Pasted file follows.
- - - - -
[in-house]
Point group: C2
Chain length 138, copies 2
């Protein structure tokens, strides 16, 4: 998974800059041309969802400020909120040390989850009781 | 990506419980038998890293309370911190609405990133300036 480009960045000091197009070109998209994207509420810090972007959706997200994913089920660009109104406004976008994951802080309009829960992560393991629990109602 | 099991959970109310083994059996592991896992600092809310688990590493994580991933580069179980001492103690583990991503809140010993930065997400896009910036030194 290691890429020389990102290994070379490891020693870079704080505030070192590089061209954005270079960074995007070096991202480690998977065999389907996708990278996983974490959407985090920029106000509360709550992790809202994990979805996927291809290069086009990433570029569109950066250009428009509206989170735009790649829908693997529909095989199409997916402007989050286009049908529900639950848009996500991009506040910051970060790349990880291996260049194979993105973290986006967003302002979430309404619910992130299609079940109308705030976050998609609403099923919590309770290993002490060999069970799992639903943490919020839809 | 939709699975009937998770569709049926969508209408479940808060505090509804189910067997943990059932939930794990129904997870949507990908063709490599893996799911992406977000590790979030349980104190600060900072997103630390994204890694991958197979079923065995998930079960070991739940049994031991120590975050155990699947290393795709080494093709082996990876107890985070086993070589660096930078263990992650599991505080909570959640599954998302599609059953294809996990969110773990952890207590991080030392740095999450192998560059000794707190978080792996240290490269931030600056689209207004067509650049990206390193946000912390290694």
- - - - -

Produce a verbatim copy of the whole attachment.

[in-house]
Point group: C2
Chain length 138, copies 2
């Protein structure tokens, strides 16, 4: 998974800059041309969802400020909120040390989850009781 | 990506419980038998890293309370911190609405990133300036 480009960045000091197009070109998209994207509420810090972007959706997200994913089920660009109104406004976008994951802080309009829960992560393991629990109602 | 099991959970109310083994059996592991896992600092809310688990590493994580991933580069179980001492103690583990991503809140010993930065997400896009910036030194 290691890429020389990102290994070379490891020693870079704080505030070192590089061209954005270079960074995007070096991202480690998977065999389907996708990278996983974490959407985090920029106000509360709550992790809202994990979805996927291809290069086009990433570029569109950066250009428009509206989170735009790649829908693997529909095989199409997916402007989050286009049908529900639950848009996500991009506040910051970060790349990880291996260049194979993105973290986006967003302002979430309404619910992130299609079940109308705030976050998609609403099923919590309770290993002490060999069970799992639903943490919020839809 | 939709699975009937998770569709049926969508209408479940808060505090509804189910067997943990059932939930794990129904997870949507990908063709490599893996799911992406977000590790979030349980104190600060900072997103630390994204890694991958197979079923065995998930079960070991739940049994031991120590975050155990699947290393795709080494093709082996990876107890985070086993070589660096930078263990992650599991505080909570959640599954998302599609059953294809996990969110773990952890207590991080030392740095999450192998560059000794707190978080792996240290490269931030600056689209207004067509650049990206390193946000912390290694």